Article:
Although after 1860 he increasingly lost control of the Tribune’s operations, and wrote fewer editorials, in 1864 he expressed defeatism regarding Lincoln’s chances of reelection, an attitude that was echoed across the country when his editorials were reprinted. Oddly he also pursued a peace policy in 1863-64 that involved discussions with Copperheads and opened the possibility of a compromise with the Confederacy. Lincoln was aghast, but outsmarted Greeley by appointing him to a peace commission he knew the Confederates would repudiate.

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Richmond Virginia damage2.jpg
Credit: Andrew J. Russell

A photograph of damage done to Richmond, Virginia during the Confederate Army's retreat from the city in 1865

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Charles F. CollinsAndrew Wills GouldEbenezer MagoffinHenry MauryJames Ashby (soldier)Albemarle CadyHenry Boynton ClitzBenjamin D. FearingCharles A. HickmanRichard Henry JacksonJohn H. KingJohn LoveFrancis LowePeter S. MichieThomas Grimke RhettJames B. SpeersCharles S. SteedmanBattle at Cherokee StationBattle of Barton's StationBattle of Camp DaviesBattle of Rome Cross RoadsRequested American Civil War Medal of Honor recipients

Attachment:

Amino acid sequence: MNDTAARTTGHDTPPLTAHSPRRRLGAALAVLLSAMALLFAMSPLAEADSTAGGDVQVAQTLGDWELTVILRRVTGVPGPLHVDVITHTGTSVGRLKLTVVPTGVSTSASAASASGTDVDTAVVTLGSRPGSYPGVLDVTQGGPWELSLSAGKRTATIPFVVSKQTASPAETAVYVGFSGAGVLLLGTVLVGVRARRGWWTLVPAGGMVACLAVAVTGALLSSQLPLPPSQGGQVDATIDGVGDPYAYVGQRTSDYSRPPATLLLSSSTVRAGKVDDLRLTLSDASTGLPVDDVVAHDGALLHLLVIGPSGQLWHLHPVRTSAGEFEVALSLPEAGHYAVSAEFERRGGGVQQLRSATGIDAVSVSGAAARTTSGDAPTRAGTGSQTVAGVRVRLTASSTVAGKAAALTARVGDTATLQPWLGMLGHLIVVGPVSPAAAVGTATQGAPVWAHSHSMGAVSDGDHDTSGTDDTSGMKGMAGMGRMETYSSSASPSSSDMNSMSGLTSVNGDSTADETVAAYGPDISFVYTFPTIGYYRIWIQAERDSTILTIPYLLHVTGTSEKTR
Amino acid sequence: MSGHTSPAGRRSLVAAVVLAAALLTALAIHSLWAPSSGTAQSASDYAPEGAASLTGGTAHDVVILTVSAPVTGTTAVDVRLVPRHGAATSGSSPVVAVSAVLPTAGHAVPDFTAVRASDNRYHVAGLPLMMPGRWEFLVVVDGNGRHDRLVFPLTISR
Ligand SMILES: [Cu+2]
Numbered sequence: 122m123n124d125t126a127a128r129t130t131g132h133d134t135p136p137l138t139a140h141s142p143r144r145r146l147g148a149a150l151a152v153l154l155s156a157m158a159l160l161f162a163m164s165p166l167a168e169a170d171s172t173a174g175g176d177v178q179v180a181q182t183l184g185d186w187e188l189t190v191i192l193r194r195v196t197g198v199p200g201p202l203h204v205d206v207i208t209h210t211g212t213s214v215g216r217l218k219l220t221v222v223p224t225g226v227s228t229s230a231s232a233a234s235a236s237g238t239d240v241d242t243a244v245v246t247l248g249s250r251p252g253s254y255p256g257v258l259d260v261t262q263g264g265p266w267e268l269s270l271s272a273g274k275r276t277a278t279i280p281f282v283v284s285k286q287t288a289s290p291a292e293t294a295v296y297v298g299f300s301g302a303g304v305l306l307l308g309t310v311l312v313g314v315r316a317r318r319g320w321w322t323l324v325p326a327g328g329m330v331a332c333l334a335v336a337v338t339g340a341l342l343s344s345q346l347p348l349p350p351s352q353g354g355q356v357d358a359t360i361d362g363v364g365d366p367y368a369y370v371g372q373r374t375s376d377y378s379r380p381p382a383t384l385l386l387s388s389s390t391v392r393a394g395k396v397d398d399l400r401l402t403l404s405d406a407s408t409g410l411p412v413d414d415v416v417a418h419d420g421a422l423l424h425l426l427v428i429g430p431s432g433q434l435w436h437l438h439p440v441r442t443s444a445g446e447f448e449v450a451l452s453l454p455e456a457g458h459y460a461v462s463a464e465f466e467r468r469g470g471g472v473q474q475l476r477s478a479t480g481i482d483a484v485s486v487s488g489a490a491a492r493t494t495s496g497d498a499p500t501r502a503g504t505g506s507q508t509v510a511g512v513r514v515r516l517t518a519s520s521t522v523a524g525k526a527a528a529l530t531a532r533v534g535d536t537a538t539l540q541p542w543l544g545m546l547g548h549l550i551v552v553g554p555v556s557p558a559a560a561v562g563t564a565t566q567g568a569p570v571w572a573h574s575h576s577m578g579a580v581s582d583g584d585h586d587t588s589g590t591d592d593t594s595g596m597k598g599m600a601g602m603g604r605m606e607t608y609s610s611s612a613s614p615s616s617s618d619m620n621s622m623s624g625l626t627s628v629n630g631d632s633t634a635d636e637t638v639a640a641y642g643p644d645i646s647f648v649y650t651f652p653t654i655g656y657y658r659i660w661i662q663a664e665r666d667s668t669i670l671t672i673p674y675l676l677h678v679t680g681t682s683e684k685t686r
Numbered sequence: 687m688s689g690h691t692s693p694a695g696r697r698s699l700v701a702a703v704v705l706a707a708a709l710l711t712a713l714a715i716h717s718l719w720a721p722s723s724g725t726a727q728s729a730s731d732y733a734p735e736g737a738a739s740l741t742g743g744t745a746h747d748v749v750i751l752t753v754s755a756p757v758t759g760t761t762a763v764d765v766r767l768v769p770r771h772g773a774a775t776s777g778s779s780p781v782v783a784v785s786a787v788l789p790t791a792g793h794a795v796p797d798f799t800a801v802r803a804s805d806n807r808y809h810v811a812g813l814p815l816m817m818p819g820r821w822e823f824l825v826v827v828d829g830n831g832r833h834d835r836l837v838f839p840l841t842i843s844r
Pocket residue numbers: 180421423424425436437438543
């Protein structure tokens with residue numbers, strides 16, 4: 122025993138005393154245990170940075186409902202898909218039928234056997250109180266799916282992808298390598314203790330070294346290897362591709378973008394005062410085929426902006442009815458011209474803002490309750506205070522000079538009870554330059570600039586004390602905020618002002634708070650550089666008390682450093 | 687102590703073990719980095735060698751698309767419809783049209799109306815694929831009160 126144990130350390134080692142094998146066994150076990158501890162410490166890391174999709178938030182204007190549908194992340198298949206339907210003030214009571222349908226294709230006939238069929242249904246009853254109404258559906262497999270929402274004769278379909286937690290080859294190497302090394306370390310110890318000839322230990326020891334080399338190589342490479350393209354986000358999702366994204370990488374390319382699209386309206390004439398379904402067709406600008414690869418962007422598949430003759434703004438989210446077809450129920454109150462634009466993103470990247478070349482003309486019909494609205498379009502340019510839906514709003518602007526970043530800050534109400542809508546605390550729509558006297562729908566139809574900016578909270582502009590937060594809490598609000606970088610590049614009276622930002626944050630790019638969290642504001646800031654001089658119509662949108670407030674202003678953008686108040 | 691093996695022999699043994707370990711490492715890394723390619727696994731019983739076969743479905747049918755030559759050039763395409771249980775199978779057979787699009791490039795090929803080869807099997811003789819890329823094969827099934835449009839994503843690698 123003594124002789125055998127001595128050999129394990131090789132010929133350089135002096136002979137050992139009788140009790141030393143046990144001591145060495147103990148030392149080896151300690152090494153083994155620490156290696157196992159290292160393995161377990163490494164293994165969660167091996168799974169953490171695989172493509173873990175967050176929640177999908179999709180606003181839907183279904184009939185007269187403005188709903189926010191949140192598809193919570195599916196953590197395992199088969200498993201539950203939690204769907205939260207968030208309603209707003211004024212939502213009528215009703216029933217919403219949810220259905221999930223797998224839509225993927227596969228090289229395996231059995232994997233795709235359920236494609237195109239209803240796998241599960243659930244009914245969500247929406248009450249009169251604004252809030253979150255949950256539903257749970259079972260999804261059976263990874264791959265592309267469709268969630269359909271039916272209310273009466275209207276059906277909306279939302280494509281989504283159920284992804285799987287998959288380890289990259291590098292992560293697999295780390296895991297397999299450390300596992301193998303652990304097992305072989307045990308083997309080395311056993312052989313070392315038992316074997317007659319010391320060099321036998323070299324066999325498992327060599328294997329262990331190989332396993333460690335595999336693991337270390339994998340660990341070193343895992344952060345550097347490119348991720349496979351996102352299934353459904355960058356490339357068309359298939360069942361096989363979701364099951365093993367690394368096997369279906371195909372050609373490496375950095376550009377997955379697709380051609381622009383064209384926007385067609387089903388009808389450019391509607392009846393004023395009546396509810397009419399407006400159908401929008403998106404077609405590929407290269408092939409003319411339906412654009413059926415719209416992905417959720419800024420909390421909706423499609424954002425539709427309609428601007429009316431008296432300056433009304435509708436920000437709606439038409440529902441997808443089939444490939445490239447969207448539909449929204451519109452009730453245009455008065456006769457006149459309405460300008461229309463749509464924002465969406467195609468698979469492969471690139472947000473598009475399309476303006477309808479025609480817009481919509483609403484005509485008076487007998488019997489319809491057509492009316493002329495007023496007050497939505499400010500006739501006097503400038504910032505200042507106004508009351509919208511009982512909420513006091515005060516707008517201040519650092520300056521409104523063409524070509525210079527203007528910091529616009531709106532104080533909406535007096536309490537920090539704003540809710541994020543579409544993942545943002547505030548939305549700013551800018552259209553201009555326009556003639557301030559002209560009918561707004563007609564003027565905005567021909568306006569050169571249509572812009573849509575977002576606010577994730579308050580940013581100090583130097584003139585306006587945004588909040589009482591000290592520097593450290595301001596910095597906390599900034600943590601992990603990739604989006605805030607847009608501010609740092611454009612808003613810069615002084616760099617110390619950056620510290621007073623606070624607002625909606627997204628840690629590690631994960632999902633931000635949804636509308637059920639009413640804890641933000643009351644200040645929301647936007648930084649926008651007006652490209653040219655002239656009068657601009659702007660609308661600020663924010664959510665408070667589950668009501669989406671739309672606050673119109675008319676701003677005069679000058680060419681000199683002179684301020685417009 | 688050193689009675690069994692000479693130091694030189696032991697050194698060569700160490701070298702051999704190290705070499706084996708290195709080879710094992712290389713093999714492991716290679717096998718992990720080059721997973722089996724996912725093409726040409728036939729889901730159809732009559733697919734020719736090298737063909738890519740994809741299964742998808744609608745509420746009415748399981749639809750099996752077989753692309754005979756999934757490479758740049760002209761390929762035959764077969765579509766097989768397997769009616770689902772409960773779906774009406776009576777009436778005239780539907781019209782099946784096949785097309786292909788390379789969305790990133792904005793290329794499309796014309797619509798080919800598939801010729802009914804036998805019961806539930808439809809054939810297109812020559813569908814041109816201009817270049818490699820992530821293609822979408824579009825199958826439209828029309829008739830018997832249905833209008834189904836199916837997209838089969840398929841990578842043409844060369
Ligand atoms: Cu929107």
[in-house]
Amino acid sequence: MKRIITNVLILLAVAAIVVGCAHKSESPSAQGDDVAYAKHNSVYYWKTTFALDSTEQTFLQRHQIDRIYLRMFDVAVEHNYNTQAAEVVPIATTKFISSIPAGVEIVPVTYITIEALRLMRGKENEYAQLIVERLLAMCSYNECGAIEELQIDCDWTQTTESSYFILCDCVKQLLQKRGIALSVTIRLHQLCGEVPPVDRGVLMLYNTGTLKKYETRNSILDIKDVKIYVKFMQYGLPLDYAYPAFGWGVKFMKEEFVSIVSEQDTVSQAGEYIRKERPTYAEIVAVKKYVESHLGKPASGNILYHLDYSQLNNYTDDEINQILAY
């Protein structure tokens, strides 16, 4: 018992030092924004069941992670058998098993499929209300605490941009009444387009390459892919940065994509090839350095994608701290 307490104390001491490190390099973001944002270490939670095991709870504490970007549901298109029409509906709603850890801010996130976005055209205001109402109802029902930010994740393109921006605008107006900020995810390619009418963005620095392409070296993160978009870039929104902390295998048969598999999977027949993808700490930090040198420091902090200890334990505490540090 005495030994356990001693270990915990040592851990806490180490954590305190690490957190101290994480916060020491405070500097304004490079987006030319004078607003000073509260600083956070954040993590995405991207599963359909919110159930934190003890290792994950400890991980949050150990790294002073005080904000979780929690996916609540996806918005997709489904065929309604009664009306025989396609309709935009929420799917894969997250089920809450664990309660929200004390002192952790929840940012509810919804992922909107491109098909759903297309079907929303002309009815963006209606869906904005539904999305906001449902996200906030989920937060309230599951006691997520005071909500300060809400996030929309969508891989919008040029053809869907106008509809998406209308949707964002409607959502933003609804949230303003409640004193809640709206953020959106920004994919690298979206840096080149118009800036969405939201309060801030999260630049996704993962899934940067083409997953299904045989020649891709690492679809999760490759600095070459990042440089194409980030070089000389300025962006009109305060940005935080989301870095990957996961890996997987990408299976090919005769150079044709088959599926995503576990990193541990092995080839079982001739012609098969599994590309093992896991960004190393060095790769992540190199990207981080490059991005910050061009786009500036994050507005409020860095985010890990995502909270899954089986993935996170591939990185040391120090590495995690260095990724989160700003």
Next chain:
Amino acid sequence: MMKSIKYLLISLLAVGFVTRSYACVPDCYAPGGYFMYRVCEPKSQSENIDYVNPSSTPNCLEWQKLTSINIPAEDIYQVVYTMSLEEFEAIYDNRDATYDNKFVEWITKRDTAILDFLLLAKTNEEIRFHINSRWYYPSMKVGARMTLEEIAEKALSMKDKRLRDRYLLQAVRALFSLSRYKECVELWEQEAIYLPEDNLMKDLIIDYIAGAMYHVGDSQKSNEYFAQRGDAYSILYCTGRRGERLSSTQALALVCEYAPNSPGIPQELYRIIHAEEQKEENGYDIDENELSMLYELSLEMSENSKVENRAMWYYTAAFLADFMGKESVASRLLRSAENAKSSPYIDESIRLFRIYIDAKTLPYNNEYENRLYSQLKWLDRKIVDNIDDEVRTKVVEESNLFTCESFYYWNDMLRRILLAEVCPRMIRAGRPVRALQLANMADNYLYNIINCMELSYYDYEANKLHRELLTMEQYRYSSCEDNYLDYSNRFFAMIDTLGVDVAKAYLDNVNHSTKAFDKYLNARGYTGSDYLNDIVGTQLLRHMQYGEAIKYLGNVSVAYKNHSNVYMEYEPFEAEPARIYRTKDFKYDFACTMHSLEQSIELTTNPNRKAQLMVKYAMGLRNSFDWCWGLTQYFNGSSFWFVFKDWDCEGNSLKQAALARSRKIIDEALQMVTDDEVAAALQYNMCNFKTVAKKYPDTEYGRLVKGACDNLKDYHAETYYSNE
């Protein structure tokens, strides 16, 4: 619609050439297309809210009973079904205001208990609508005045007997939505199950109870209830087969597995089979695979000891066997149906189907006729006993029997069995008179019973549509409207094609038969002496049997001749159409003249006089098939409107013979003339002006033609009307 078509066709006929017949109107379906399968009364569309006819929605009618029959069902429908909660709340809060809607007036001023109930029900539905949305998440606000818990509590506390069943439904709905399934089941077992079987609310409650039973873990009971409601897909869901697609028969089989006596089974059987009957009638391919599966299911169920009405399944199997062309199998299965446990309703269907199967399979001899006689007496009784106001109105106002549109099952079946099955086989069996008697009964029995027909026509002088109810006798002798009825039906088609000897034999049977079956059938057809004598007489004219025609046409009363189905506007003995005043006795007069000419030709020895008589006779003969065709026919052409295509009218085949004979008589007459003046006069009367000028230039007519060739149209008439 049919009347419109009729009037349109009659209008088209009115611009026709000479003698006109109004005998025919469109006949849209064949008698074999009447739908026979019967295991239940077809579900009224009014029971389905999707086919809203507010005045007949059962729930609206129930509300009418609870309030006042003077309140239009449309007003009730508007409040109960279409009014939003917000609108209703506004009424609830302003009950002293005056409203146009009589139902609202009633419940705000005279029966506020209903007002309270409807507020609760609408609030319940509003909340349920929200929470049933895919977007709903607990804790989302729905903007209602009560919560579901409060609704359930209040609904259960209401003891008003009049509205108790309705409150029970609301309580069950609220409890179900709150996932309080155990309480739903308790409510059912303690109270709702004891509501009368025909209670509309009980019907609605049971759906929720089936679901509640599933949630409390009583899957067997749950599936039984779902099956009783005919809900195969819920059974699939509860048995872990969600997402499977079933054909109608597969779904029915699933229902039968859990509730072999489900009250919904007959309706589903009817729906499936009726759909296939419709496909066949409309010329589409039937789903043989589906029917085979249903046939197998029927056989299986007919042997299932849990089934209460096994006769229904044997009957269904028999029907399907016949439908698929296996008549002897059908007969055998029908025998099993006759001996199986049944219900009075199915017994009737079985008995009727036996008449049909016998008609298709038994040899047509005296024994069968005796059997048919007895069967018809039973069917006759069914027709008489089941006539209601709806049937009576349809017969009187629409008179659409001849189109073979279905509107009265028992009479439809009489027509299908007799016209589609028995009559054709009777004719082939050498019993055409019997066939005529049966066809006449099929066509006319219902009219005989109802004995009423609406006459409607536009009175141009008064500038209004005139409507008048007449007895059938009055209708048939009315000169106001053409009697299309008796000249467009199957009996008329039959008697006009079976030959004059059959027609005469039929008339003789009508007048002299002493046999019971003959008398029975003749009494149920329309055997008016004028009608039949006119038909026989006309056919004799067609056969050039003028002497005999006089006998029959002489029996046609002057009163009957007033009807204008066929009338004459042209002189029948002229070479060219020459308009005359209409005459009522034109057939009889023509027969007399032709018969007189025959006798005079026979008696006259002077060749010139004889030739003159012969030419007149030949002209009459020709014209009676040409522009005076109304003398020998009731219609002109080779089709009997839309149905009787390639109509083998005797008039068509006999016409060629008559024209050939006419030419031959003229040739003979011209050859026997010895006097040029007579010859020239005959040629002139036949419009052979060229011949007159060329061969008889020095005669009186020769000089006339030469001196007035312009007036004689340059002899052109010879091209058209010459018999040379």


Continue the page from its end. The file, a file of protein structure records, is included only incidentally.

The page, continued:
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31st Maine Infantry Regiment56th Illinois InfantryBattle of Amelia SpringsBattle of BerryvilleBattle of Blair's LandingBattle of BoonsboroughBattle of Cabin CreekBattle of Fort Sumter IIBattle of Guard HillBattle of Middle Boggy DepotBattle of Rice's StationBattle of Simmon's BluffBattle of Summit PointBattle of Yellow BayouCharleston ArsenalEdenton Bell BatteryElmira PrisonFirst Battle of DaltonSamuel BentonBlackshear PrisonOrris S. FerryEdwin ForbesHiram B. GranburyHenry Thomas HarrisonBen Hardin HelmLouis Hébert (colonel)Benjamin G. HumphreysLunsford L. LomaxMaynard CarbineDaniel RugglesThomas W. ShermanHezekiah G. SpruillSmith Percussion CarbineEdward C. WalthallConfederate States Secretary of the NavyConfederate States Secretary of the TreasuryDelaware in the American Civil WarIronclad BoardUnited States Military RailroadKansas in the American Civil WarSalisbury National CemeteryOther American Civil War battle stubsOther American Civil War stubs